10th September 2018
What comes to mind when you hear 'domestic abuse'? The chances are that most people see a heterosexual couple, in which the man is physically or emotionally abusive to the woman. Of course we know that the majority of people experiencing domestic abuse are women, and the majority of perpetrators are men. But for too long those who fall outside of this group have been ‘hidden’ from the services that should be supporting them, as our new report shows.
In 2016 we started our Spotlights series, which aims to shine a light on the experiences of different groups of victims and survivors of domestic abuse, who face additional barriers to accessing support. Our latest Spotlight focuses on LGBT+ people, and the services and professionals who support them. We’ve brought together the voices of survivors, professionals and other experts, alongside our own research and our partners Stonewall and Galop.
In all our work we are guided by the evidence: research and data, practice expertise from those working to support survivors, and most importantly the lived experience of survivors and their loved ones. All this evidence tells us that there is no ‘typical’ victim – or perpetrator – of domestic abuse, and we need to challenge the misconception that this devastating crime only happens to one particular group. We believe that if you are experiencing domestic abuse, you deserve the right response at the right time, with the support you need to be safe and rebuild your life – whoever you are and whatever shape the abuse takes.
During the Spotlight we heard about the barriers faced by gay and bisexual men, who too often feel that services aren’t ‘for’ them, despite experiencing high levels of sexual violence in their intimate relationships. We heard from Suzie*, a trans woman who experienced emotional and physical abuse from her wife and was able to become safe and recover with the help of a specialist LGBT+ Idva. We heard from Sophie*, a bisexual woman who survived sexual and emotional abuse in an early relationship.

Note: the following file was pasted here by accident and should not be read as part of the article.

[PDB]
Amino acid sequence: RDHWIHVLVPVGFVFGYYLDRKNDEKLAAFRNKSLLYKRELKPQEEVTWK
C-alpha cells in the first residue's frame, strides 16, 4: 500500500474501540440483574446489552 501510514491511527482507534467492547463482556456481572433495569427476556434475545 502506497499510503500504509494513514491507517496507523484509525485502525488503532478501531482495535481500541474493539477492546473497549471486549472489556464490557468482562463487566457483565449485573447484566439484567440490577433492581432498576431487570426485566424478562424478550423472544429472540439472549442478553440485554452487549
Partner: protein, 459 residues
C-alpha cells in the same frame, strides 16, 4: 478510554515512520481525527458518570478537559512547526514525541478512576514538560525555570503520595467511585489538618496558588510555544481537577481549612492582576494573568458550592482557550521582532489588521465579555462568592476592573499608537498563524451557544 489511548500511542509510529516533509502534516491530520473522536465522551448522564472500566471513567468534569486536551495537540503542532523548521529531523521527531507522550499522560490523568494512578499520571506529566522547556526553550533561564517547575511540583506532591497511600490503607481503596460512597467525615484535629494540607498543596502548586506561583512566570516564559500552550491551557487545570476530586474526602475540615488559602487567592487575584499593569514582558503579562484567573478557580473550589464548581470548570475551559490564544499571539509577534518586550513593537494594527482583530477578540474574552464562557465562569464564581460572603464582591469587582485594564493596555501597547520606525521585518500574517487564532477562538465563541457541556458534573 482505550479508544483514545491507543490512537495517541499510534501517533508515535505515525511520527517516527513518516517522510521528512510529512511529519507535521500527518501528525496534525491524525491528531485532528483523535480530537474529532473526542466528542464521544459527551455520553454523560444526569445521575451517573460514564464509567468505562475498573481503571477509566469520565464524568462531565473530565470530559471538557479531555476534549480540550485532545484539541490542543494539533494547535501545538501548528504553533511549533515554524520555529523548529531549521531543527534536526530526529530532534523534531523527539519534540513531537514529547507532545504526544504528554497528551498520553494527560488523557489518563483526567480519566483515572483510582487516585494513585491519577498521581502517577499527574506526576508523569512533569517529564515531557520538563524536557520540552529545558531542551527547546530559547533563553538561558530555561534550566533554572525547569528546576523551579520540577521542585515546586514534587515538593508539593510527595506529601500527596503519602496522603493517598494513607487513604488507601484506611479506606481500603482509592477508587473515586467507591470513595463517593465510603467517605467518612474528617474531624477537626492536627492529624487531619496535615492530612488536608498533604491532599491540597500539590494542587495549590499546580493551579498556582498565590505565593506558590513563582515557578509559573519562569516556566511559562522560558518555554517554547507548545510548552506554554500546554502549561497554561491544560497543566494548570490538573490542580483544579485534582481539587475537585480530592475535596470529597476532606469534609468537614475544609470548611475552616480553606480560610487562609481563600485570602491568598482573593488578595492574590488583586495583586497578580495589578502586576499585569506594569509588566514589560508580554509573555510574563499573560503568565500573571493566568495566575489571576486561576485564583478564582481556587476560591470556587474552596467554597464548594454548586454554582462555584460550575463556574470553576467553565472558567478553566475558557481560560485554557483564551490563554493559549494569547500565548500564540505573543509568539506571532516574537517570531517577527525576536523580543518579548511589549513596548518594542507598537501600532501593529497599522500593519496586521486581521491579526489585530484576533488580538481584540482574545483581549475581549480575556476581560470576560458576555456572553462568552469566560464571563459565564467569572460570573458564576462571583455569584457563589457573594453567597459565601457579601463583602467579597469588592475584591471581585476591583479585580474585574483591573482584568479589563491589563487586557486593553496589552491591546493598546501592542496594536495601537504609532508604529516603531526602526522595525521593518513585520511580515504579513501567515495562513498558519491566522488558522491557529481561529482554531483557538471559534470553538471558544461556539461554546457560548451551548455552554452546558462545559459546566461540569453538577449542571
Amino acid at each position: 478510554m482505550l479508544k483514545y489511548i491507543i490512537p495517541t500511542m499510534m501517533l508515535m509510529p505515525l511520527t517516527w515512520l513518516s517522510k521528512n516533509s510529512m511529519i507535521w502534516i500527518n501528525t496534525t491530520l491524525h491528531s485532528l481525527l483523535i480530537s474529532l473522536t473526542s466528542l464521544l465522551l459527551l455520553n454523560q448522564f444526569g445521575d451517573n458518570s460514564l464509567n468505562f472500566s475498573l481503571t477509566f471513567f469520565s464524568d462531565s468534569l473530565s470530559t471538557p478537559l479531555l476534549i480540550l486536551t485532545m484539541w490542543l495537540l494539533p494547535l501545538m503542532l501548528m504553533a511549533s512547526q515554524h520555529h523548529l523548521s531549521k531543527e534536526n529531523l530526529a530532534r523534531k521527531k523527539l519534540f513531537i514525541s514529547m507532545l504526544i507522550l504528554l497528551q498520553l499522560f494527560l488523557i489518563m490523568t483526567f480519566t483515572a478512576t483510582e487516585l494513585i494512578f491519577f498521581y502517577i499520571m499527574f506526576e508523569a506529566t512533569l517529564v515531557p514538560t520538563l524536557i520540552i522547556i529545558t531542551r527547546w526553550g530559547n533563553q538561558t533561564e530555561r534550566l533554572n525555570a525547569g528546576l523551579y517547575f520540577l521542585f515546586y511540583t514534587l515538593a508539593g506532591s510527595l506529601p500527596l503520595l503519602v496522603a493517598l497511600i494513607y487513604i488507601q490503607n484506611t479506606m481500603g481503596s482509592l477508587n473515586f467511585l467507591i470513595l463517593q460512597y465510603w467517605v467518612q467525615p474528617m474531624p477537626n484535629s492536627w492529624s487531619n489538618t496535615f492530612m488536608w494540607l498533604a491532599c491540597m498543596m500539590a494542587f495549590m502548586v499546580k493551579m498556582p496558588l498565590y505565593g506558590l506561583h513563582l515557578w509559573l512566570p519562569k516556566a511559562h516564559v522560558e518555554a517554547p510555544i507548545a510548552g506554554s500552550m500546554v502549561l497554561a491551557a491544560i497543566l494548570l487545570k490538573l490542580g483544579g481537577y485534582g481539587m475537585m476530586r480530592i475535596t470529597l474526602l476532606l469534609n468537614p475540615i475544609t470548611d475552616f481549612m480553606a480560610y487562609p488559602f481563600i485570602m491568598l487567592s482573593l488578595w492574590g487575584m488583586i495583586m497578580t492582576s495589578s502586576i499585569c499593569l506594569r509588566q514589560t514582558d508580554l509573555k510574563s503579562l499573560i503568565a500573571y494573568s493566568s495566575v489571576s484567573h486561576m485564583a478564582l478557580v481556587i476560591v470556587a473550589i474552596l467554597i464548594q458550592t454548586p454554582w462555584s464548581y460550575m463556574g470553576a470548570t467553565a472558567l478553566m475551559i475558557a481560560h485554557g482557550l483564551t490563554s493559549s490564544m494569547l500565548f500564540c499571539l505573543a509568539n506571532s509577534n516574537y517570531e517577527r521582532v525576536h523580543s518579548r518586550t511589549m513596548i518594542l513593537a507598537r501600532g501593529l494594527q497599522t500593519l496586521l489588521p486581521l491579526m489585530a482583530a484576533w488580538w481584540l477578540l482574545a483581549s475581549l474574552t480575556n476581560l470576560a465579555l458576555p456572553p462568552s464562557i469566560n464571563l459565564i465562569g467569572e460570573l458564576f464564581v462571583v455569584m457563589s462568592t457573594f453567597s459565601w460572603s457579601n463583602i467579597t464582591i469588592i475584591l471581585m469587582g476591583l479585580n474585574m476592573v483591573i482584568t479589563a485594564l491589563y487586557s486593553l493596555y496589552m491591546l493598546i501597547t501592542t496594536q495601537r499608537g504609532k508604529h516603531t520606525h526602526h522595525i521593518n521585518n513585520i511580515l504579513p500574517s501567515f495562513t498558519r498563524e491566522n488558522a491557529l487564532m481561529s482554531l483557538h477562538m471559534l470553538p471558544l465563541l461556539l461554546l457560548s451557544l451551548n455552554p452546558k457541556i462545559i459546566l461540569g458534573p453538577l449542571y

What has been so clear throughout the Spotlight is the way that a person’s sexuality or gender identity can be used against them by an abusive partner – and the ways in which societal attitudes add to the impact. Even in 2018, threats to ‘out’ a person can be used to control them, and for many survivors an abusive relationship still feels safer than a world outside which is hostile to their identity.
These experiences are reflected in our data, which highlights serious impacts on LGBT+ survivors’ mental health and wellbeing:
LGBT+ victims are almost twice as likely to have attempted suicide,
More than twice as likely to have self-harmed,
More likely to face abuse from multiple perpetrators,
Twice as likely to have experienced historic abuse from a family member.
It’s clear that we still have a long way to go until LGBT+ survivors of domestic abuse are seen, heard and supported in a way that works for them. We need agencies and services to be able to identify victims and provide tailored support. We need greater awareness around the fact that domestic abuse can and does happen in all communities, and we need to work towards a society where homophobia, biphobia and transphobia are no longer barriers to reaching out and asking for help.
The process of running the Spotlight has allowed us at SafeLives to build powerful partnerships with Stonewall, Galop and local specialist services, and has started empowering conversations between colleagues – we know that we ourselves still have some work to do. We want to share these findings far and wide, to make sure that no one has to go through domestic abuse alone – whoever you are.